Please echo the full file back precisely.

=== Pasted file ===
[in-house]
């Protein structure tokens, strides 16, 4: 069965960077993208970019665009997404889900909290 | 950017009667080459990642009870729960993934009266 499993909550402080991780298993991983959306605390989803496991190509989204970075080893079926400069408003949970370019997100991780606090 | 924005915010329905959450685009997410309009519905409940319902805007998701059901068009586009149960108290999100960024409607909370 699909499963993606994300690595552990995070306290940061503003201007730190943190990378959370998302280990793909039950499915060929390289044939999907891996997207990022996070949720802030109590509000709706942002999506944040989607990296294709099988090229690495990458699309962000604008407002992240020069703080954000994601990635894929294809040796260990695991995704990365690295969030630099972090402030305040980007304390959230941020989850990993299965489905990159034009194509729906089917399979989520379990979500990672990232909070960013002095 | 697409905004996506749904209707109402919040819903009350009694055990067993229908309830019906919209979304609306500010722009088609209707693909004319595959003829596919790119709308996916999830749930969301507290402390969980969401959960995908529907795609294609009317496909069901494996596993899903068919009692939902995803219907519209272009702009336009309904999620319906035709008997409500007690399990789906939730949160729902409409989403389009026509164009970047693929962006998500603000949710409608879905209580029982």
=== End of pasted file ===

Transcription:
[in-house]
């Protein structure tokens, strides 16, 4: 069965960077993208970019665009997404889900909290 | 950017009667080459990642009870729960993934009266 499993909550402080991780298993991983959306605390989803496991190509989204970075080893079926400069408003949970370019997100991780606090 | 924005915010329905959450685009997410309009519905409940319902805007998701059901068009586009149960108290999100960024409607909370 699909499963993606994300690595552990995070306290940061503003201007730190943190990378959370998302280990793909039950499915060929390289044939999907891996997207990022996070949720802030109590509000709706942002999506944040989607990296294709099988090229690495990458699309962000604008407002992240020069703080954000994601990635894929294809040796260990695991995704990365690295969030630099972090402030305040980007304390959230941020989850990993299965489905990159034009194509729906089917399979989520379990979500990672990232909070960013002095 | 697409905004996506749904209707109402919040819903009350009694055990067993229908309830019906919209979304609306500010722009088609209707693909004319595959003829596919790119709308996916999830749930969301507290402390969980969401959960995908529907795609294609009317496909069901494996596993899903068919009692939902995803219907519209272009702009336009309904999620319906035709008997409500007690399990789906939730949160729902409409989403389009026509164009970047693929962006998500603000949710409608879905209580029982």